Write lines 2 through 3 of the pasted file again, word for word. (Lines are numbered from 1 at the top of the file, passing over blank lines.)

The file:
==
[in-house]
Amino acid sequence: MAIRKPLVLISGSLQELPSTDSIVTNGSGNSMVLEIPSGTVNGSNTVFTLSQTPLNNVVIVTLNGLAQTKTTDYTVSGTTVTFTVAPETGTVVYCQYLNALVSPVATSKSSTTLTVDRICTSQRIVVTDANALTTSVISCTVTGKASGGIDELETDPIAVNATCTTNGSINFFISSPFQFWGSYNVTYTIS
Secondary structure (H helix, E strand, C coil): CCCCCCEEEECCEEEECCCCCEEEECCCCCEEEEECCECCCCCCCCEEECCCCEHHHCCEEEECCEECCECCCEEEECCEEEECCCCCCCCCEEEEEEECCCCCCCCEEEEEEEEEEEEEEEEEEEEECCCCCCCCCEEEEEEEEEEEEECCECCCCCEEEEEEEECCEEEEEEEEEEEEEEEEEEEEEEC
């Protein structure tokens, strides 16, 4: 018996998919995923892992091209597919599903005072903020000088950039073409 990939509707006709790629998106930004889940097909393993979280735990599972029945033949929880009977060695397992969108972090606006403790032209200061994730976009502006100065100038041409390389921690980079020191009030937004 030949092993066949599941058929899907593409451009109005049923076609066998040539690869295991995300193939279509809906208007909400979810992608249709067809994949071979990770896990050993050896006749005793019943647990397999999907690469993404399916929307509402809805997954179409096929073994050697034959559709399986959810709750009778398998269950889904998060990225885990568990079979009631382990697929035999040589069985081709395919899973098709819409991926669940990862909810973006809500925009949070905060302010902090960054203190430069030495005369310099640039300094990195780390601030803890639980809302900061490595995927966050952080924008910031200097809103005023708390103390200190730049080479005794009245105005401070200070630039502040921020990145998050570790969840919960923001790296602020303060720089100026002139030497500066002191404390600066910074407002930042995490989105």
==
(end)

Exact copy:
Amino acid sequence: MAIRKPLVLISGSLQELPSTDSIVTNGSGNSMVLEIPSGTVNGSNTVFTLSQTPLNNVVIVTLNGLAQTKTTDYTVSGTTVTFTVAPETGTVVYCQYLNALVSPVATSKSSTTLTVDRICTSQRIVVTDANALTTSVISCTVTGKASGGIDELETDPIAVNATCTTNGSINFFISSPFQFWGSYNVTYTIS
Secondary structure (H helix, E strand, C coil): CCCCCCEEEECCEEEECCCCCEEEECCCCCEEEEECCECCCCCCCCEEECCCCEHHHCCEEEECCEECCECCCEEEECCEEEECCCCCCCCCEEEEEEECCCCCCCCEEEEEEEEEEEEEEEEEEEEECCCCCCCCCEEEEEEEEEEEEECCECCCCCEEEEEEEECCEEEEEEEEEEEEEEEEEEEEEEC